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When using t test normally we would assume the original data follows normal distribution, but if the sample size is large enough, this assumption can be ignored due to Central Limit Theory.

I thought since normal distribution is for continuous random variable, even if the data does not have normality, it at least must be continuous random variable in order to use the t test. However in practice, I found that the t test is widely used even for discrete random variable such as hospital length of stay (LOS) in days (which is integer and thus discrete random variable).

So my question is, is it a common practice to apply t test on discrete random variable? If not, when we want to compare the mean of two groups consisting of discrete random variable, except for Wilcoxon Signed Rank Test, what other tests can I use?

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Remember the Central Limit Theorem is talking about the asymptotic distribution of the standardised mean of iid random variables. So even if your random variables are discrete, as you accumulate more and more of them, once you take their mean (and then standardise it), you'll end up with a random variable which acts more and more like a continuous random variable.

For example, if you have 100 Bernoulli random variables (each either 0 or 1), then the possible means are $0.00, 0.01, 0.02, \dots , 1.00$. If you have 1000 then the possible means are $0.000, 0.001, 0.002, \dots , 1.000$.

So even if you have discrete random variables, their mean can still be asymptotically normal.

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    $\begingroup$ Note that the central limit theorem relates not to the mean itself but to a standardized mean. When necessary conditions hold, the sample mean itself is asymptotically just going to go to a constant -- the population mean. $\endgroup$ – Glen_b -Reinstate Monica Jul 17 '17 at 8:20
  • $\begingroup$ Thank you @Glen_b, you're absolutely right. I just mentally absorbed the standardisation into the variance of the approximate normal for a particular sample, but of course that's silly since it undermines the point of the convergence in distribution result. $\endgroup$ – RoryT Jul 17 '17 at 8:32
  • $\begingroup$ Thanks for your answer, that helped a lot! But as for central limit theorem, I am a little confused at your comments. The CLT says that 'given certain conditions, the arithmetic mean (or sum) of a sufficiently large number of iterates of independent random variables, each with a well-defined (finite) expected value and finite variance, will be approximately normally distributed, regardless of the underlying distribution'. To my understanding, the sample mean itself is related to CLT already, why does it to be 'standardised mean' like @Glen_b said? Could you shed more light? $\endgroup$ – user6892253 Jul 17 '17 at 9:33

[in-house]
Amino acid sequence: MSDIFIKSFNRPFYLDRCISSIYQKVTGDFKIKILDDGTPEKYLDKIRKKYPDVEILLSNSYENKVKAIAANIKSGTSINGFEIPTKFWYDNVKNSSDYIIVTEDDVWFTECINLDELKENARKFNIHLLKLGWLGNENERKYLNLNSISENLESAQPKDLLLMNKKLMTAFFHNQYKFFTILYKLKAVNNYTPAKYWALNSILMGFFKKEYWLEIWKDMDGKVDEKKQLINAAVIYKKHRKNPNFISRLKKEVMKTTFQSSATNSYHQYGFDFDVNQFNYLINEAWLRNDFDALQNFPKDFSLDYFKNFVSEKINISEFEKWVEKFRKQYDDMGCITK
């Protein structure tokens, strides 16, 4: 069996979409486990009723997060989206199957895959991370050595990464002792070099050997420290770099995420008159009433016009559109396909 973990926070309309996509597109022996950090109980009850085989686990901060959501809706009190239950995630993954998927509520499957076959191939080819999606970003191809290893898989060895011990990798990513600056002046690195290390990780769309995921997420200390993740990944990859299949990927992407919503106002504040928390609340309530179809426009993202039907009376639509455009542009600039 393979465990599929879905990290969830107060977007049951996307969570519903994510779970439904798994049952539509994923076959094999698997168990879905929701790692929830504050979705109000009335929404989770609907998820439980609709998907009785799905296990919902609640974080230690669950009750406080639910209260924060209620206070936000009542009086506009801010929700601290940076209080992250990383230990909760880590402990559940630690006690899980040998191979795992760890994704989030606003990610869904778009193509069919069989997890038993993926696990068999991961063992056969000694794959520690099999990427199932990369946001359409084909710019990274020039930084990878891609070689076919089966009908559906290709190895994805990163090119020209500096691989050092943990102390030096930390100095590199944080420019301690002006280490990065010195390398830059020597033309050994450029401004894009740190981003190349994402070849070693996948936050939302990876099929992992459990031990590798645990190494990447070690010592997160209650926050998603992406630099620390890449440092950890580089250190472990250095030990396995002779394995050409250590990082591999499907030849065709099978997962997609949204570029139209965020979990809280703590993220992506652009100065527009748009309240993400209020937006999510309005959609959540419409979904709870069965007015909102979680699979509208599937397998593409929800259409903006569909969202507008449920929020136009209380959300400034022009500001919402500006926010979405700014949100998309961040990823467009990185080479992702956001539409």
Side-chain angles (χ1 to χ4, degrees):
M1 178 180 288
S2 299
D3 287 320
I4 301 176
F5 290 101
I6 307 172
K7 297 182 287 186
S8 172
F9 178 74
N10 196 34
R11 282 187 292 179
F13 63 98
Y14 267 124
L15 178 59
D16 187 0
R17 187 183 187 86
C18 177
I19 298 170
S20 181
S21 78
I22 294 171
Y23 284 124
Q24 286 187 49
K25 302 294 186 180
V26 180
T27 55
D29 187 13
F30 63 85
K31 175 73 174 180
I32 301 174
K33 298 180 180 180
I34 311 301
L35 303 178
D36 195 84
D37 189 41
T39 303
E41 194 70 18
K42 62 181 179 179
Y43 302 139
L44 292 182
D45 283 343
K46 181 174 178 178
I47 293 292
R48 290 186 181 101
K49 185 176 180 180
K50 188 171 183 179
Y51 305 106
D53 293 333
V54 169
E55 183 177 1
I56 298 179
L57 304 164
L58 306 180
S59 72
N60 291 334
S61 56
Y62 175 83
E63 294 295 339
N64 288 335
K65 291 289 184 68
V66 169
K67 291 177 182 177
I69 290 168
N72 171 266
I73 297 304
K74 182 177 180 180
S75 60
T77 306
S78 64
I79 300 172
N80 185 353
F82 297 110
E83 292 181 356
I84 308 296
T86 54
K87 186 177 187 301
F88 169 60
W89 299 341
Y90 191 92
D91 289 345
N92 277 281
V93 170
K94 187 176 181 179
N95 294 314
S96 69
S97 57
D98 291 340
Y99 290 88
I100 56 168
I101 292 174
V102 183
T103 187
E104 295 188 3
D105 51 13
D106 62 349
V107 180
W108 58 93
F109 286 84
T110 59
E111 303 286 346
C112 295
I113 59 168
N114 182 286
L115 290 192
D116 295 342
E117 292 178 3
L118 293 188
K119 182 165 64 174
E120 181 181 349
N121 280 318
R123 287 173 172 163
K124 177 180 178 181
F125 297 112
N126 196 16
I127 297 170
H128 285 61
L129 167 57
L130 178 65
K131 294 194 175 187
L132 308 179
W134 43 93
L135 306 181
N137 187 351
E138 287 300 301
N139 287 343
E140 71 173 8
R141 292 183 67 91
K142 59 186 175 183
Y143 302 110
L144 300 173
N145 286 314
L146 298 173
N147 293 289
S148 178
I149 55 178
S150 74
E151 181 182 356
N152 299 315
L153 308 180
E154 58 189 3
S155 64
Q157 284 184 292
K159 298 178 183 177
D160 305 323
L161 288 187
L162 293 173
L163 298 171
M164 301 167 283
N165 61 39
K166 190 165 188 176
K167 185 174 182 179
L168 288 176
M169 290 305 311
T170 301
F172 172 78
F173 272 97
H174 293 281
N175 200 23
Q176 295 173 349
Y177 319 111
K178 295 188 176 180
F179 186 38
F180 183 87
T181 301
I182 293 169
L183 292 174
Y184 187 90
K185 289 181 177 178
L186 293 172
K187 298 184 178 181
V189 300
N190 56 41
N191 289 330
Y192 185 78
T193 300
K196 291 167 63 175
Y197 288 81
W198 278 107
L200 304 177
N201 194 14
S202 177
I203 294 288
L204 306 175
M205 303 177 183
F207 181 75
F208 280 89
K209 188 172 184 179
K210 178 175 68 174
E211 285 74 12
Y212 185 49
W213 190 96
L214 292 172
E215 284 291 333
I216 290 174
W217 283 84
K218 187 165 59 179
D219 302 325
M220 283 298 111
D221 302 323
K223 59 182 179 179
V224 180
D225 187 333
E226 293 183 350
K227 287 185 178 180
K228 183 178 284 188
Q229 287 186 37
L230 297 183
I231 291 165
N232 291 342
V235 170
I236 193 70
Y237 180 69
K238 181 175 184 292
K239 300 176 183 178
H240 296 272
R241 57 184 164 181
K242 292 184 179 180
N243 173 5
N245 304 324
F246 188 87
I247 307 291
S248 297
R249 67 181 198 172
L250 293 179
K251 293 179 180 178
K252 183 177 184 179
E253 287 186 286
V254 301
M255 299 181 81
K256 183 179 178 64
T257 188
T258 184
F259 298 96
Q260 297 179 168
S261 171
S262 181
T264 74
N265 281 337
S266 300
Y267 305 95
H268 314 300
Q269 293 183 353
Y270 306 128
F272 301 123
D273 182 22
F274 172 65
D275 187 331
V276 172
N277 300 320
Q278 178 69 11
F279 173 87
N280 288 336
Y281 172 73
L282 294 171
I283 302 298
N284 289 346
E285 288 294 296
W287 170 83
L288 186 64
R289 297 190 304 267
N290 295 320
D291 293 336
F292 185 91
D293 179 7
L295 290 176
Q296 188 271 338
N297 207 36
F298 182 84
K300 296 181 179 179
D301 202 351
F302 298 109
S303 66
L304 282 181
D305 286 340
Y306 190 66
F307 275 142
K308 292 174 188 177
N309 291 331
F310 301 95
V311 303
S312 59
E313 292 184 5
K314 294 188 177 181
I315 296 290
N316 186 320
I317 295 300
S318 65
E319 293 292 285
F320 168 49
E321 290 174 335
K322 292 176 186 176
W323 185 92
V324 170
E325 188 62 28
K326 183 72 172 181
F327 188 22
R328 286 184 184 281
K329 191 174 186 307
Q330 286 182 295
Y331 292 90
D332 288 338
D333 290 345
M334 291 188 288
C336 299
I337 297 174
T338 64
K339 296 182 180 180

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    $\begingroup$ No worries. The mean itself is approximately normally distributed if you've got a large enough number of iid variables. However, as you take more and more iid variables, their mean will get closer and closer to the population mean, and will be less and less variable. If you multiply the difference between the sample and population mean by $\sqrt{n}$ then this counteracts the fact that the sample mean is getting closer and closer to the population mean. This is what we mean by standardisation. The standardised mean will be asymptotically distributed as a standard normal (i.e. $N(0,1)$) $\endgroup$ – RoryT Jul 17 '17 at 10:23
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Does T Test only work for continuous random variable?

It depends on what you mean by "work".

When using T test normally we would assume the original data follows normal distribution, but if the sample size is large enough, this assumption can be ignored due to Central Limit Theory.

Not if you care about power.

I thought since normal distribution is for continuous random variable, even if the data does not have normality, it at least must be continuous random variable in order to use the t test.

Your argument that was based on the CLT wouldn't distinguish between discrete and continuous variables -- the CLT applies to either.

However in practice, I found that the t test is widely used even for discrete random variable such as hospital length of stay (LOS) in days (which is integer and thus discrete random variable).

It does get used on discrete data (and on obviously non-normal continuous data, and on data that are neither discrete nor continuous) at least sometimes. Some of those times, it's probably quite reasonable to do so (in that the significance level will be close to the nominal level and the power will be at least adequate).

I would tend to avoid it in that length-of-stay case; leaving aside likely issues with censoring, you have something which may be extremely right skew and even if your sample size were huge, the power may still be poor.